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Advantages and Disadvantages of Case Hardening of Metal

Case Hardening of Metal

Case hardening is the process of hardening the surface of a metal object while leaving the core softer. This is done by infusing carbon into the surface of the metal at high temperatures. The carbon diffuses into the metal, making it harder. Case hardening is often used on objects that need to be strong but also need to be able to withstand bending, such as gears.

Advantages of Case Hardening of Metal

Case hardening is a metal treatment process that has been used for centuries to improve the performance and durability of metal components. By infusing case-hardened steel with carbon, components are strengthened against wear and abrasion. Other benefits of this process include increased corrosion resistance and better crack resistance. The heat generated during the infusion produces a harder yet flexible outer layer on the metal part, making it able to withstand deformation under stress much better than untreated metal. It also creates a more luxurious finish which can add aesthetic value. This versatile technique is particularly useful in applications that require very strong parts, such as engines and gearboxes, but can be applied to a variety of metals, including iron, brass, aluminium, and titanium alloys.

  • The surface of the object becomes very hard, making it resistant to wear and tear.
  • Since the core remains soft, it can still undergo bending without breaking.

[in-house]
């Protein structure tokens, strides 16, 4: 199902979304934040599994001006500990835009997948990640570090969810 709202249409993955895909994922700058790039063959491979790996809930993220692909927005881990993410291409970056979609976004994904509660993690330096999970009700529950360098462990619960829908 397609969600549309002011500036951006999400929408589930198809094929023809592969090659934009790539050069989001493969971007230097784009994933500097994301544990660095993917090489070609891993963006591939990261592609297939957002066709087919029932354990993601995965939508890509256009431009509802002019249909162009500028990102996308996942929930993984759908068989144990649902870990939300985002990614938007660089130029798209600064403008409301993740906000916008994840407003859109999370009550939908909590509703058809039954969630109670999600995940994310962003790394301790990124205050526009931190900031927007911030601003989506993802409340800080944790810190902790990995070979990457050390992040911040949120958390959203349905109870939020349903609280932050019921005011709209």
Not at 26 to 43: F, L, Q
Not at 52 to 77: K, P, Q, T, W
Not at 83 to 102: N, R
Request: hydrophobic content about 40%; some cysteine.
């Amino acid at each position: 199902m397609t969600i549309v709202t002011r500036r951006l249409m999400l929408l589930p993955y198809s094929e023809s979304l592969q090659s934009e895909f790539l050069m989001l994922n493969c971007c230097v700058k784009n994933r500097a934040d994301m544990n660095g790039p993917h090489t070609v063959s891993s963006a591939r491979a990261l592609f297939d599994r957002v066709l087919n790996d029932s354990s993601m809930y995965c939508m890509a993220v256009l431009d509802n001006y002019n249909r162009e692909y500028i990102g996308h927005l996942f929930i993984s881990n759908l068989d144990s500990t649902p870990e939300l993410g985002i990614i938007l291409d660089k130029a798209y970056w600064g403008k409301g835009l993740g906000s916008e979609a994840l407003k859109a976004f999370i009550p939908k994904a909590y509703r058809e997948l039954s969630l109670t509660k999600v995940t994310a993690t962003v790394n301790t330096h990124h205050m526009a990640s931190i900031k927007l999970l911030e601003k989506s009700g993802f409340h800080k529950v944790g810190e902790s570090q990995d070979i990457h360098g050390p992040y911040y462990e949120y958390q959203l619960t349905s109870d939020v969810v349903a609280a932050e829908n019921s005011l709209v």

• Case hardening can be used on a variety of metals, including steel, iron, and aluminium.
  • It is a relatively inexpensive process.

Disadvantages of Case Hardening of Metal

Case hardening metal is touted as a cost-saving business practice, but it does come with drawbacks. Case-hardened metals are not as durable as unhardened metals and can be subject to fatigue or shock cracking. This process often involves the use of toxic materials in the form of acids, wood ash, and other types of chemical additives. Not only are these materials hazardous to human health, but the fumes from them can be damaging to equipment and workers in confined spaces. This process also requires extra attention over the course of hours (or even days), so labor costs tend to be higher due to longer processing times. Despite its perceived benefits, case hardening metal cannot deliver on all promises as a manufacturing practice and may come with more costs than anticipated.

  • The object may become too brittle and break easily if not done correctly.
  • The process must be carefully monitored so that the correct amount of carbon is infused into the metal. Too little carbon will result in a weaker object, and too much carbon will make the object too brittle.
  • If not done correctly, case hardening can make an object more susceptible to corrosion.
  • Objects that have been case-hardened are more difficult to weld than those that have not undergone the process.


Case hardening can be a great way to increase the strength and durability of a metal object. However, it is important to be aware of the potential disadvantages before deciding whether or not to case harden an object. If done correctly, case hardening can give your metal objects increased strength and resistance to wear and tear.

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